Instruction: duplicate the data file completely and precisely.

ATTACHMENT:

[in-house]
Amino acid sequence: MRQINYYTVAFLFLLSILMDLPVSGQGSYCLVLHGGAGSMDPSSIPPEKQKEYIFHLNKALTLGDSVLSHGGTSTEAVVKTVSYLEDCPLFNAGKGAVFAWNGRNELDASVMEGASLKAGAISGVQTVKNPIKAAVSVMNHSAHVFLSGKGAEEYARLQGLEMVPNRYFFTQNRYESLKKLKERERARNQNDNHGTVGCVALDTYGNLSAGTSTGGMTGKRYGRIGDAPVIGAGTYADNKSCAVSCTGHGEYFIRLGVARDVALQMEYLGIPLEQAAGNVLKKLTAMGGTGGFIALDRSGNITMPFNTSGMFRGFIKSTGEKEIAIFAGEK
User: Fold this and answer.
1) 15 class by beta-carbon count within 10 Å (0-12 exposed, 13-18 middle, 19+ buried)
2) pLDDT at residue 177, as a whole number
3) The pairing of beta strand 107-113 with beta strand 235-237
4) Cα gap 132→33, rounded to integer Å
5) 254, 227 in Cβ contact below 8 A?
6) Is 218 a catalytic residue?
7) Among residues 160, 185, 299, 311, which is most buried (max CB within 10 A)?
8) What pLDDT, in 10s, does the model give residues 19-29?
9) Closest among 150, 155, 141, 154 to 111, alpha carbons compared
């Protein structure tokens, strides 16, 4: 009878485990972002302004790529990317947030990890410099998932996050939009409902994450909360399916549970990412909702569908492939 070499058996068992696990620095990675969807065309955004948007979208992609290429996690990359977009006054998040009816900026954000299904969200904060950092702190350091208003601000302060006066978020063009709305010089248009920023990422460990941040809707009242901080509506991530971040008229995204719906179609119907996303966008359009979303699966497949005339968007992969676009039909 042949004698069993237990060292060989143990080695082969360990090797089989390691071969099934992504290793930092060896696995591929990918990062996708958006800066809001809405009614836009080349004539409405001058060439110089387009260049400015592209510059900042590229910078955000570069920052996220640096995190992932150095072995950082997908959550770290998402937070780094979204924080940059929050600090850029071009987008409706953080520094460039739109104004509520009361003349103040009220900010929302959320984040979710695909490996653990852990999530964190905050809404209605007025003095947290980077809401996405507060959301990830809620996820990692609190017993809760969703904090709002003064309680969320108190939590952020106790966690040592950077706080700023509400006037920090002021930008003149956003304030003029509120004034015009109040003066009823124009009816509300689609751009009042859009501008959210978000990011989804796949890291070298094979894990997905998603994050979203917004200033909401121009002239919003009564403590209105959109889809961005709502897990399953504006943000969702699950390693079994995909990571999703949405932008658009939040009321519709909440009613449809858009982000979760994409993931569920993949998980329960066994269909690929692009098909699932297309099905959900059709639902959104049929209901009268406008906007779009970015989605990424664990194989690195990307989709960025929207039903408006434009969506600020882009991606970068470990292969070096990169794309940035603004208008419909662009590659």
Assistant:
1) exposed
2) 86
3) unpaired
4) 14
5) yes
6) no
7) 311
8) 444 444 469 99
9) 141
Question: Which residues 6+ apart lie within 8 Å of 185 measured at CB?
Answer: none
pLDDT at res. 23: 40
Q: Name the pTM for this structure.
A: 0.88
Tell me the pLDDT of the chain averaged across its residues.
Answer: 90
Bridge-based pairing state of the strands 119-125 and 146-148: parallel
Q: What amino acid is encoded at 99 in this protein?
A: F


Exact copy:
[in-house]
Amino acid sequence: MRQINYYTVAFLFLLSILMDLPVSGQGSYCLVLHGGAGSMDPSSIPPEKQKEYIFHLNKALTLGDSVLSHGGTSTEAVVKTVSYLEDCPLFNAGKGAVFAWNGRNELDASVMEGASLKAGAISGVQTVKNPIKAAVSVMNHSAHVFLSGKGAEEYARLQGLEMVPNRYFFTQNRYESLKKLKERERARNQNDNHGTVGCVALDTYGNLSAGTSTGGMTGKRYGRIGDAPVIGAGTYADNKSCAVSCTGHGEYFIRLGVARDVALQMEYLGIPLEQAAGNVLKKLTAMGGTGGFIALDRSGNITMPFNTSGMFRGFIKSTGEKEIAIFAGEK
User: Fold this and answer.
1) 15 class by beta-carbon count within 10 Å (0-12 exposed, 13-18 middle, 19+ buried)
2) pLDDT at residue 177, as a whole number
3) The pairing of beta strand 107-113 with beta strand 235-237
4) Cα gap 132→33, rounded to integer Å
5) 254, 227 in Cβ contact below 8 A?
6) Is 218 a catalytic residue?
7) Among residues 160, 185, 299, 311, which is most buried (max CB within 10 A)?
8) What pLDDT, in 10s, does the model give residues 19-29?
9) Closest among 150, 155, 141, 154 to 111, alpha carbons compared
């Protein structure tokens, strides 16, 4: 009878485990972002302004790529990317947030990890410099998932996050939009409902994450909360399916549970990412909702569908492939 070499058996068992696990620095990675969807065309955004948007979208992609290429996690990359977009006054998040009816900026954000299904969200904060950092702190350091208003601000302060006066978020063009709305010089248009920023990422460990941040809707009242901080509506991530971040008229995204719906179609119907996303966008359009979303699966497949005339968007992969676009039909 042949004698069993237990060292060989143990080695082969360990090797089989390691071969099934992504290793930092060896696995591929990918990062996708958006800066809001809405009614836009080349004539409405001058060439110089387009260049400015592209510059900042590229910078955000570069920052996220640096995190992932150095072995950082997908959550770290998402937070780094979204924080940059929050600090850029071009987008409706953080520094460039739109104004509520009361003349103040009220900010929302959320984040979710695909490996653990852990999530964190905050809404209605007025003095947290980077809401996405507060959301990830809620996820990692609190017993809760969703904090709002003064309680969320108190939590952020106790966690040592950077706080700023509400006037920090002021930008003149956003304030003029509120004034015009109040003066009823124009009816509300689609751009009042859009501008959210978000990011989804796949890291070298094979894990997905998603994050979203917004200033909401121009002239919003009564403590209105959109889809961005709502897990399953504006943000969702699950390693079994995909990571999703949405932008658009939040009321519709909440009613449809858009982000979760994409993931569920993949998980329960066994269909690929692009098909699932297309099905959900059709639902959104049929209901009268406008906007779009970015989605990424664990194989690195990307989709960025929207039903408006434009969506600020882009991606970068470990292969070096990169794309940035603004208008419909662009590659």
Assistant:
1) exposed
2) 86
3) unpaired
4) 14
5) yes
6) no
7) 311
8) 444 444 469 99
9) 141
Question: Which residues 6+ apart lie within 8 Å of 185 measured at CB?
Answer: none
pLDDT at res. 23: 40
Q: Name the pTM for this structure.
A: 0.88
Tell me the pLDDT of the chain averaged across its residues.
Answer: 90
Bridge-based pairing state of the strands 119-125 and 146-148: parallel
Q: What amino acid is encoded at 99 in this protein?
A: F